Communities like the Southeast Asian, East Asian, and others don’t necessarily communicate very well within those cultural societies. If you have a mental health issue, it can often be perceived as a weakness, impairment, or bad omen to share your struggles with others.

Parhar is familiar with this notion, and she wants to help make a change.

“Yeah it’s very important,” admitted Parhar. “I personally, unfortunately have first hand knowledge of that. It’s a stigma that is not just within one culture, or one society, it spans all over the world. It is extremely important, because it’s something that is not talked about outside of more progressive societies, so it’s very important.”

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UBC Thunderbirds forward, Haneet Parhar supports Bell Let’s Talk Day.

The UBC Thunderbirds family is one close-knit family that’s doing big things to help reach other people so other families don’t suffer in silence. Retiring Laura Taylor’s jersey on January 6, having her family in attendance, and raising money to help others is a lasting effect that will be felt beyond this month. The Thunderbirds have been brought closer together as a team, and in turn, Coach Thomas has learned a few things himself.

“Absolutely, absolutely,” said Thomas, “We’re always looking at ways to get better. For me as a coach, it’s an area you can always get better in. You can’t control everything, and there’s definitely an onus on the person who is going through a tough time to tell somebody, but there’s also a part of that, where it’s on the rest of the team, coaching staff, and everyone to be aware to try and ask some questions sometimes, and reach out sometimes or try and do as much as we can do. We can’t be there all the time, and I recognize that. We can’t follow them around and babysit them, they’re adults. At the same time, yeah there’s things for sure we’ve taken away, or me personally have taken away to be better and more aware.”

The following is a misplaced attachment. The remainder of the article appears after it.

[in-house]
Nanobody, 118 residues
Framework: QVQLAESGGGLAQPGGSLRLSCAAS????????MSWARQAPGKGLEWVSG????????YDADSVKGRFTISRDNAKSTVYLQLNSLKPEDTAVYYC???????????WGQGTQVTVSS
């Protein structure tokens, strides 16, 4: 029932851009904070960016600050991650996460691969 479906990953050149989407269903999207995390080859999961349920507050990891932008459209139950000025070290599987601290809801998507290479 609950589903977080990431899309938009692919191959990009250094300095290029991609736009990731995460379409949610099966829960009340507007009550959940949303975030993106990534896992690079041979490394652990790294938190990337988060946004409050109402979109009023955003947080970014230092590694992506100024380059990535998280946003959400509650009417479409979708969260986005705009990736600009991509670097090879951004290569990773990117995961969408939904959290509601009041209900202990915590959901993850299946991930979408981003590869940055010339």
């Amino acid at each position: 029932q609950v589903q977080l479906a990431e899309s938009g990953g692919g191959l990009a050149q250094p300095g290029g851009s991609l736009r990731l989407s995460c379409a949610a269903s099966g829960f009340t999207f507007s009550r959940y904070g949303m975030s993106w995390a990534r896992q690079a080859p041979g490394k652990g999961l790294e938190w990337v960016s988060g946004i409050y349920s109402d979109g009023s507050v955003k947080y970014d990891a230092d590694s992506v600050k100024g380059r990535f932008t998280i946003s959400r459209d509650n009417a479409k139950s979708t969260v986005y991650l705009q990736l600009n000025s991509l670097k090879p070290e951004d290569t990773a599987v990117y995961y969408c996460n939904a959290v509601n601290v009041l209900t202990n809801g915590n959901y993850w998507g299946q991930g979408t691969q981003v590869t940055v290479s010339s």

Hannah Clayton-Carroll vows to wear her blue toque everyday to help others. Although she’ll probably have to wash it sometime, she, like her teammates are showing just how much mental health awareness needs to be in the spotlight all year round.

“I’ve been on social media a lot this morning,” said Clayton-Carroll, “I’ve noticed that half of my friends tweeting #BellLetsTalk, and re-tweeting all of that. It shows that everyone in the community really cares about this issue. They all want to battle towards it, and help end the stigma.”

If more organizations, businesses, and people come together, like the UBC Thunderbirds, one day, a day devoted to raising awareness for mental health issues might not be needed as much as it is now. Until that day comes, the UBC Thunderbirds will be there to lend a helping hand, and they might even help Coach Thomas figure out twitter.